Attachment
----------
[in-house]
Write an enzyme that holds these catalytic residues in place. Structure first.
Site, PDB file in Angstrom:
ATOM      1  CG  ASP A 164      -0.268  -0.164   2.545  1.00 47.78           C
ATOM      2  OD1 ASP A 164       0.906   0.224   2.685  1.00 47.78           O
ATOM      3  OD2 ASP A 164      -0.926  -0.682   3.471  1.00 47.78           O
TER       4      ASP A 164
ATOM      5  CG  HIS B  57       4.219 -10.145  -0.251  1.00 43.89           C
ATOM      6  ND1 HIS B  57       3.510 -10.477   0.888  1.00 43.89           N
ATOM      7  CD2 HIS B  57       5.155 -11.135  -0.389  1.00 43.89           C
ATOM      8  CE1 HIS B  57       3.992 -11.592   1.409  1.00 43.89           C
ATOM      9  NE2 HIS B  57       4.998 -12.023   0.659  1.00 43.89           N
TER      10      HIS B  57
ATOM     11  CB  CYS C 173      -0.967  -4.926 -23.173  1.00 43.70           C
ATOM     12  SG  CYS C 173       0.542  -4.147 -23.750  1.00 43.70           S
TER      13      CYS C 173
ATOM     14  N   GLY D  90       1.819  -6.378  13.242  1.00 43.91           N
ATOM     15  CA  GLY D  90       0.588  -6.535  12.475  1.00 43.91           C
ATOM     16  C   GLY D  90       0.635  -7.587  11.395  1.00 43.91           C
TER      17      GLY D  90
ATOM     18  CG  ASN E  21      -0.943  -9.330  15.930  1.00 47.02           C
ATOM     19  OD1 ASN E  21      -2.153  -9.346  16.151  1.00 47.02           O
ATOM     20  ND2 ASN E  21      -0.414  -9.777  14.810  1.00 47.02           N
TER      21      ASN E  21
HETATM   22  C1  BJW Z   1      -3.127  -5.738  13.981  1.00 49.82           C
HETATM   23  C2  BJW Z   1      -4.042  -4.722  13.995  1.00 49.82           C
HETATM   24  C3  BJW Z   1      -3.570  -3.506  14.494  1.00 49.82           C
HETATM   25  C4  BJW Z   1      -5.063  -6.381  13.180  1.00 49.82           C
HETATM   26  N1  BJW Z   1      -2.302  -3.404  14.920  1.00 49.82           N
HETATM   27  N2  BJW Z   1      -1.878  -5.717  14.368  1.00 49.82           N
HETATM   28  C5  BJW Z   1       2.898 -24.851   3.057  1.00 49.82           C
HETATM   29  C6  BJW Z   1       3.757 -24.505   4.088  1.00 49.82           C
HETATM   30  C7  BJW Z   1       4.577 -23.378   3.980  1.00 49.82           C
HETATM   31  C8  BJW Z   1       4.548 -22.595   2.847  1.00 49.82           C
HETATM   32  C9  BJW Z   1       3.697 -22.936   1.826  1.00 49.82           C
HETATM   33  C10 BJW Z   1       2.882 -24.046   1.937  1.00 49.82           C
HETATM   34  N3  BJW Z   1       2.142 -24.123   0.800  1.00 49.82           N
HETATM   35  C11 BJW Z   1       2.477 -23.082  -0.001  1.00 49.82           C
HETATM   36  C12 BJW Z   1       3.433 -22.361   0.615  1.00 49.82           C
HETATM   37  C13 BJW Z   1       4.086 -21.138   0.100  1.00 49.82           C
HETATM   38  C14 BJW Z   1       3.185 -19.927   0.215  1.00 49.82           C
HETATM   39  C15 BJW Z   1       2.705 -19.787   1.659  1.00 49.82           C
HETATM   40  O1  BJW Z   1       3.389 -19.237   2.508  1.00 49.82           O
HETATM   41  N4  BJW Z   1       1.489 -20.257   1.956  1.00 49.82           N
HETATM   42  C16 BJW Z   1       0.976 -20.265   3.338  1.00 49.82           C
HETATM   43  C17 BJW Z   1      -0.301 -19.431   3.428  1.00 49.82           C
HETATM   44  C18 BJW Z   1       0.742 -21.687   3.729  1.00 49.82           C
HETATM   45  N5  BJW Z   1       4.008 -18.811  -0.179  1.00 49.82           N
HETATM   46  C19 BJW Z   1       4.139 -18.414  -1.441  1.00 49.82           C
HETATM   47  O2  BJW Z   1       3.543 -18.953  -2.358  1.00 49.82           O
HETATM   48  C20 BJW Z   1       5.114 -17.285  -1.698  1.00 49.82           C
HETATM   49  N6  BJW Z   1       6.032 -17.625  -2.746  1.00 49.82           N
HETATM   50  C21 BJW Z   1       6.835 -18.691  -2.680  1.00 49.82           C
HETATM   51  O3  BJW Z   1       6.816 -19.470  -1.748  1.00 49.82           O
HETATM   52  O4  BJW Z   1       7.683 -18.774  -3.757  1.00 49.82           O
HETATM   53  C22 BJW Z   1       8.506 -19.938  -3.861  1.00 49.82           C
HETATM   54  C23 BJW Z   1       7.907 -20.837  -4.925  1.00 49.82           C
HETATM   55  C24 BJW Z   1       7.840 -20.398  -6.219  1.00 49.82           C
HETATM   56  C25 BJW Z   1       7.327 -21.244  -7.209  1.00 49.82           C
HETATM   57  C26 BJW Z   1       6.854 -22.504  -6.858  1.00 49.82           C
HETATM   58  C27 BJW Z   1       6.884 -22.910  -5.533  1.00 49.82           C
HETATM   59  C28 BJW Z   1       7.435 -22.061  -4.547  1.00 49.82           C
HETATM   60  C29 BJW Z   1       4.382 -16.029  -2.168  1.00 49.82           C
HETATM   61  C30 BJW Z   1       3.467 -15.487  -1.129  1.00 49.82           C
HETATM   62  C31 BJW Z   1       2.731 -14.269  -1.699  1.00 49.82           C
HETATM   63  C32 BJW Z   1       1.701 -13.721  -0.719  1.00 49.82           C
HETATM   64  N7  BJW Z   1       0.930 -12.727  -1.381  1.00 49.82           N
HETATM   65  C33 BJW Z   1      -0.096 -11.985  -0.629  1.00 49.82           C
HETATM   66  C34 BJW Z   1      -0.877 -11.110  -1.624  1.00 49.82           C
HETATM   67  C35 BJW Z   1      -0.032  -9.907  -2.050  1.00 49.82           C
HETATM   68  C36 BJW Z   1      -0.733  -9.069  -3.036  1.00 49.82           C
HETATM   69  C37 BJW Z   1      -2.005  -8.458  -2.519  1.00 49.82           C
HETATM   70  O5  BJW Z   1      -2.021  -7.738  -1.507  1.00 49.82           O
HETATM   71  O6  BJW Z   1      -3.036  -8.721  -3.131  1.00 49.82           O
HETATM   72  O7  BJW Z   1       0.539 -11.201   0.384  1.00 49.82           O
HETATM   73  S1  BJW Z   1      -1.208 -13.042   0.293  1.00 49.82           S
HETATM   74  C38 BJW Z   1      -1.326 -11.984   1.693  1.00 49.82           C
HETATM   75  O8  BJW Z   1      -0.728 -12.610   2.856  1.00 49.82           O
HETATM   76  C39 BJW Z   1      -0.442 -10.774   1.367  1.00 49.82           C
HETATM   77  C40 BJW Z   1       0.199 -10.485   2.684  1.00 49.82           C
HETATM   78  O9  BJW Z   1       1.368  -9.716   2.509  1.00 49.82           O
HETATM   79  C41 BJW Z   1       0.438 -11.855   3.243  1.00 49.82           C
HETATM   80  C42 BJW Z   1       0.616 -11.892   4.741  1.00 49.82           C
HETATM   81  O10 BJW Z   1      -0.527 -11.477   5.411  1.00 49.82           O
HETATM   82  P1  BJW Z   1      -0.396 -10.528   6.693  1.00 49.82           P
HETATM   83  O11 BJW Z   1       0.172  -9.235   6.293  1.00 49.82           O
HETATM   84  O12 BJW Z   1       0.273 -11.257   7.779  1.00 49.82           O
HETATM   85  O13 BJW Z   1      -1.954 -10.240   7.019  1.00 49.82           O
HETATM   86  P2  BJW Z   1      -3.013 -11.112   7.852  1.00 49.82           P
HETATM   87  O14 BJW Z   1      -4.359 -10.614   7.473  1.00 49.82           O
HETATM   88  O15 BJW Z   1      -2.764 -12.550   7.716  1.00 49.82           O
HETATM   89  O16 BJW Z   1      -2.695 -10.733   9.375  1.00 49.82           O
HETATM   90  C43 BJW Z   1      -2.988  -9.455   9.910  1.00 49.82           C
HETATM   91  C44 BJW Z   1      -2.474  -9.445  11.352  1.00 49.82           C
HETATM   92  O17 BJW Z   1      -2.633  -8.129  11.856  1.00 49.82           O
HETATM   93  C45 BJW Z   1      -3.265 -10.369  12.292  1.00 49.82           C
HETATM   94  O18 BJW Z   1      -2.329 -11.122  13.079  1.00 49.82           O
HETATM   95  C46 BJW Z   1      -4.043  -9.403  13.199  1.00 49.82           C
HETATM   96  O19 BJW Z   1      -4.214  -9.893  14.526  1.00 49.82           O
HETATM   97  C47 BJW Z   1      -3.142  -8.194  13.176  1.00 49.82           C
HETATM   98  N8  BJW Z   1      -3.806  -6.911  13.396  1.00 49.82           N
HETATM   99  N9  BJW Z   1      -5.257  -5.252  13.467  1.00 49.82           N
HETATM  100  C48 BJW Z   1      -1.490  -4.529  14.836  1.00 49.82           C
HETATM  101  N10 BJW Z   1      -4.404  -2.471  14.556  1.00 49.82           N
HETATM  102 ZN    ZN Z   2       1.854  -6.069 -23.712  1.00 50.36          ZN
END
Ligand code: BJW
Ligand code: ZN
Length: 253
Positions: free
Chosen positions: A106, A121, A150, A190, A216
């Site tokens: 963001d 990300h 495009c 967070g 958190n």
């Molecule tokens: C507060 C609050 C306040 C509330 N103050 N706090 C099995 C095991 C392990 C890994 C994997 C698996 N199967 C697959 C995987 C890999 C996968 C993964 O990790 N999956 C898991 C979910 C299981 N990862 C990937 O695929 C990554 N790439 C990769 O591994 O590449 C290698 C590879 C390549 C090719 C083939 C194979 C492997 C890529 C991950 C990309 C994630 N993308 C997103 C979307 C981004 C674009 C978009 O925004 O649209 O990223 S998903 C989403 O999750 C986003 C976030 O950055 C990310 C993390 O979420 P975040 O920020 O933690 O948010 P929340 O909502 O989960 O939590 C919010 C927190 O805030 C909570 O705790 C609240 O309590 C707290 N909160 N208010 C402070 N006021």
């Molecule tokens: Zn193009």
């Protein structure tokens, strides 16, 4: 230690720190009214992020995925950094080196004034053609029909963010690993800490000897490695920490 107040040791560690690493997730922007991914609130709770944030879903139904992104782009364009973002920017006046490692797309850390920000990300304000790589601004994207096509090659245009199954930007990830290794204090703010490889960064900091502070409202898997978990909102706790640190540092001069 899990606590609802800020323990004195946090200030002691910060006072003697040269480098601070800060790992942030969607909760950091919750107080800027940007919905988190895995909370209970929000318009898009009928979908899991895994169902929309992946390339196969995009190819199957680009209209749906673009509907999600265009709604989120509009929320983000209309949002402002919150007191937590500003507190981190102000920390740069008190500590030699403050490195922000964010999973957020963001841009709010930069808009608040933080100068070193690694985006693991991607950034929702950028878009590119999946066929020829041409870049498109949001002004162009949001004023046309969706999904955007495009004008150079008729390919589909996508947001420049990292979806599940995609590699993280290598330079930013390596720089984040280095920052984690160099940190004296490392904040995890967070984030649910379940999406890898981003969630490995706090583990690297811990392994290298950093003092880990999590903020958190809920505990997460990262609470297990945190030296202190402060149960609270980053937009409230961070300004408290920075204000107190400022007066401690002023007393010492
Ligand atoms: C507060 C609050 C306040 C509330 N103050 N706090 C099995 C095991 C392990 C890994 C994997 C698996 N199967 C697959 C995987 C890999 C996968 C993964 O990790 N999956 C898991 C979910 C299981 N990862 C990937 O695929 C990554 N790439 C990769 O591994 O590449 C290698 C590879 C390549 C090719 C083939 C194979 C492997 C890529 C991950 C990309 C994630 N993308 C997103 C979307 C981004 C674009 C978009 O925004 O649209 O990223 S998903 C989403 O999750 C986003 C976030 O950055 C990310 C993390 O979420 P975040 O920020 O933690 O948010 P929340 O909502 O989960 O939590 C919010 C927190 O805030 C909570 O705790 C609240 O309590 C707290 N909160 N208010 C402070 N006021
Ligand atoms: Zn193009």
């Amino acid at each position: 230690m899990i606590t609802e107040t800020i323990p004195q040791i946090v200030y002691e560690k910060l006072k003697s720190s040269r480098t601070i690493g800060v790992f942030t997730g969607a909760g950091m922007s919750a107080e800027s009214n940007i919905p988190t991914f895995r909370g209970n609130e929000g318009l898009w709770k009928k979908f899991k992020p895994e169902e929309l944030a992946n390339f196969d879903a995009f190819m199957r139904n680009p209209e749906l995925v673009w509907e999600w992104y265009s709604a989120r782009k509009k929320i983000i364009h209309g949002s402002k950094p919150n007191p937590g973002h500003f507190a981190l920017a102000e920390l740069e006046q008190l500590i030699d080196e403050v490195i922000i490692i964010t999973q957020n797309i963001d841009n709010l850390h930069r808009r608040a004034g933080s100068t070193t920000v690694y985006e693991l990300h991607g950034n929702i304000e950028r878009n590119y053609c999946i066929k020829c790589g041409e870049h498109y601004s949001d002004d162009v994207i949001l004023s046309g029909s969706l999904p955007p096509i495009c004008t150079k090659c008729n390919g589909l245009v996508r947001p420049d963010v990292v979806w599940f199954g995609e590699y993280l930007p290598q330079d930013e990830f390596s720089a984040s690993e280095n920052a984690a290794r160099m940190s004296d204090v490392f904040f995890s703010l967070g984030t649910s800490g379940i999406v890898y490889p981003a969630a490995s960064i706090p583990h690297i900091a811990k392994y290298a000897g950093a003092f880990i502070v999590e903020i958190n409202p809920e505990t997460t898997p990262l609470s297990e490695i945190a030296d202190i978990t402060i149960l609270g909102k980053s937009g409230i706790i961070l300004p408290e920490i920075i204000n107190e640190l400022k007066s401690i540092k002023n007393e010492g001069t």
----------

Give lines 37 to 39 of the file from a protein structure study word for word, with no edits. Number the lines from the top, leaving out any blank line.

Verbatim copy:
HETATM   34  N3  BJW Z   1       2.142 -24.123   0.800  1.00 49.82           N
HETATM   35  C11 BJW Z   1       2.477 -23.082  -0.001  1.00 49.82           C
HETATM   36  C12 BJW Z   1       3.433 -22.361   0.615  1.00 49.82           C